Name

John Holland

Career

Architect/Engineer

Region

NA/Mid-Atlantic region

Era

Age of Steam and Steel (1866-1920)

Born

1841

Died

1914

Source

ANB

Text

Inventor�

Holland believed [in] a future in which submersible boats would provide a weapon against which there would be no defense� In February 1875 he submitted sketches of his submarine designs to the U.S. Navy Department, but naval officials thought the designs were impractical because of what they perceived to be inadequate navigational capabilities. Holland refused to give up and� made a connection with the Irish Republican Brotherhood (often referred to as the Fenians)� Holland convinced this revolutionary organization that his submarines might be a crucial element in combating the strong British navy� In 1876, upon receiving funding from the Fenians, Holland ended his eighteen-year teaching career and became a full-time inventor.

His first submarine, the Holland I, a one-person, cigar-shaped vessel, fourteen and a half feet long and two and a half feet in diameter, was completed in the spring of 1878. The Holland I made use of the new two-cylinder engine that had been patented by George Brayton four years earlier. In addition to the submarine's two main water tanks, it had two small tanks, one at the bow, the other at the stern, that provided a small reserve of positive buoyancy, a characteristic that Holland thought was critical and one that, along with a fixed center of gravity, was incorporated into all of the inventor's submarines. These innovations gave Holland submarines more stability and control than those designed by other inventors.

[His] second submarine, [nicknamed] the Fenian Ram� was much larger than his first submarine and measured thirty-one feet in length and six feet in diameter. Its body was constructed of eleven-sixteenths-inch thick iron and was powered by a Brayton engine that enabled it to achieve an underwater speed of approximately nine miles per hour. Thus, its ramming capabilities were believed to be great enough to smash the bottom of most single-hulled ships. The Fenian Ram was built for a crew of three: an operator, an engineer, and a gunner� His third submarine was almost an exact replica of the Fenian Ram, only half its size. After completing this boat in 1883, Holland was out of money�

In 1893, when it looked as if the U.S. Congress was committed to the idea of financing submarine construction, E. B. Frost, a lawyer associated with the Morris and Cummings Dredging Company where Holland was then working, provided the initial money for the incorporation of the John P. Holland Torpedo Boat Company. In 1895 this company received a $150,000 contract with the navy to construct a submarine, the Plunger. However, naval engineers largely controlled the design of the vessel, and Holland, although made manager, was excluded from many design decisions. Unlike Holland's other submarines, the Plunger had poor maneuverability, and thus the project was soon terminated by the navy.

Holland, backed by his company and no longer subject to the whims of naval engineers, then began construction of his sixth submarine, the Holland, which became the model for U.S. Navy submarines for decades. The Holland was built for a crew of six, including a commander, assistant commander, electrician, engineer, gunner, and machinist. The boat was 53.3 feet long with a diameter of 10.3 feet. It had five tanks along the bottom of the vessel including a 1,000-gallon fuel tank and was capable of remaining submerged continuously for forty hours. It ran on a 45 HP Otto gas engine that powered either the propeller or the dynamotor to charge the batteries. The vessel was fitted with a torpedo launcher and could carry two reserve torpedoes in addition to the one loaded in its Whitehead torpedo tube. Above this launcher was the Holland Pneumatic Dynamite Gun, which could fire a 222-pound projectile 1,000 yards in the air or thirty yards in water. While this was by far Holland's most impressive submarine, its success was due largely to elements present in his earlier submarines, including its positive reserve buoyancy, fixed center of gravity, rapid diving capability, and automatic compensation for displacement of torpedoes.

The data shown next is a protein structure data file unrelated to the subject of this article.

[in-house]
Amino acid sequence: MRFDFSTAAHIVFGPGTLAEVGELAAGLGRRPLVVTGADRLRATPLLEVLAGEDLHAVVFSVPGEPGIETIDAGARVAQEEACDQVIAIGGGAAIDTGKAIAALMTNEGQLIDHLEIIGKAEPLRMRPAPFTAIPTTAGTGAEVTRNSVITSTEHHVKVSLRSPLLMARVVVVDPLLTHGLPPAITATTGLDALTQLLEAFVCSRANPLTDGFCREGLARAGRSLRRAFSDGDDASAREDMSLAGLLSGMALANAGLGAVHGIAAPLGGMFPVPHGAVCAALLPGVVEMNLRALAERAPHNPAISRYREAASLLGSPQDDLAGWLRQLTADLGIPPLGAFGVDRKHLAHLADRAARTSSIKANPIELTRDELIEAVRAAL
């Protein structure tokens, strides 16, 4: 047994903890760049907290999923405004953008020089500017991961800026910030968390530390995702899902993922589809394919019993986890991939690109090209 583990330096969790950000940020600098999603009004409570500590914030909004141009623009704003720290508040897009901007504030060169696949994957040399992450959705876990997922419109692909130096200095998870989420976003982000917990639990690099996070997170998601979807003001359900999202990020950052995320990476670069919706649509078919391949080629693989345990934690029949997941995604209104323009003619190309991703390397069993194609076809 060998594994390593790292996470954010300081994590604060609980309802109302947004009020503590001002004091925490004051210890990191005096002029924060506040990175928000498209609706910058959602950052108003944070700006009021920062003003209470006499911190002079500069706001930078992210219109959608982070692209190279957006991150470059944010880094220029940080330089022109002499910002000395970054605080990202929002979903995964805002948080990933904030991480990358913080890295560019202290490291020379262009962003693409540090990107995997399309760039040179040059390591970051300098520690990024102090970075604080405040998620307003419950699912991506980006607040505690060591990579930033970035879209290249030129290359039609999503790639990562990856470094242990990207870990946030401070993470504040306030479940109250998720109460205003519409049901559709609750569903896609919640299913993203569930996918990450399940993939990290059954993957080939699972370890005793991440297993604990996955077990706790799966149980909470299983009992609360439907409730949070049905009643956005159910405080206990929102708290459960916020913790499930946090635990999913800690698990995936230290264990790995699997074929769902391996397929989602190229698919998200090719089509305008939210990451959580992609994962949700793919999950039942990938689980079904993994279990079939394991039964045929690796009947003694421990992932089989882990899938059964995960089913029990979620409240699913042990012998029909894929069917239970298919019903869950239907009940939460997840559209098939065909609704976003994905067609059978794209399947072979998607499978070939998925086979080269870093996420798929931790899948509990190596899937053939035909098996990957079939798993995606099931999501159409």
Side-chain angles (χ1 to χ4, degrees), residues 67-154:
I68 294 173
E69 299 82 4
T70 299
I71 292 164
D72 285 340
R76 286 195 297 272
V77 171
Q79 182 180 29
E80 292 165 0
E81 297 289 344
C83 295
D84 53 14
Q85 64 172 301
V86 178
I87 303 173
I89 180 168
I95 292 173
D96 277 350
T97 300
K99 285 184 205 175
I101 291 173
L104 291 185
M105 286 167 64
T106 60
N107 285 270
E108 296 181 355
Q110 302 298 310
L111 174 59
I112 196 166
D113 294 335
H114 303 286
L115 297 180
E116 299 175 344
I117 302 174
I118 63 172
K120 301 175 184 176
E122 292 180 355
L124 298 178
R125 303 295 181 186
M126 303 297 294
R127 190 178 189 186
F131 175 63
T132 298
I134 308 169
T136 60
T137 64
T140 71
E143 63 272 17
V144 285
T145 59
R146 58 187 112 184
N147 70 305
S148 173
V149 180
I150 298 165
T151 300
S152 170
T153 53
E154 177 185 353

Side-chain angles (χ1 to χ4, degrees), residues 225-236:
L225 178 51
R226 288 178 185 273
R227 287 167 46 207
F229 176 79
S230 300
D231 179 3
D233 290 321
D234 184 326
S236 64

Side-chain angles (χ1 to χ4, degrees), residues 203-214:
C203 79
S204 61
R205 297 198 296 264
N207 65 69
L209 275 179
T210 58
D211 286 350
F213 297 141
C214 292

The Holland was successfully launched on 17 May 1897 out of Lewis Nixon's Crescent Shipyard in Elizabethport, New Jersey. The John P. Holland Torpedo Boat Company was prepared to sell it to the highest bidder on the world market. On 11 April 1900 the U.S. Navy purchased the submarine for $150,000. The navy went on to construct other Holland vessels, but the inventor still had little control over the company he managed, and on 28 March 1904 he resigned. He spent the last ten years of his life designing a much faster submarine but was unsuccessful in his efforts to fund the endeavor. Although Holland's designs had become the model for the U.S. Navy and variations on his submarines were used by naval powers throughout the world, he had signed away rights to his designs and never earned more than $90 a week. John Philip Holland died at his home in Newark, New Jersey.

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external image head6_john_holland_1898.jpg
Date: 1898
Image Id: 415

Record ID: 384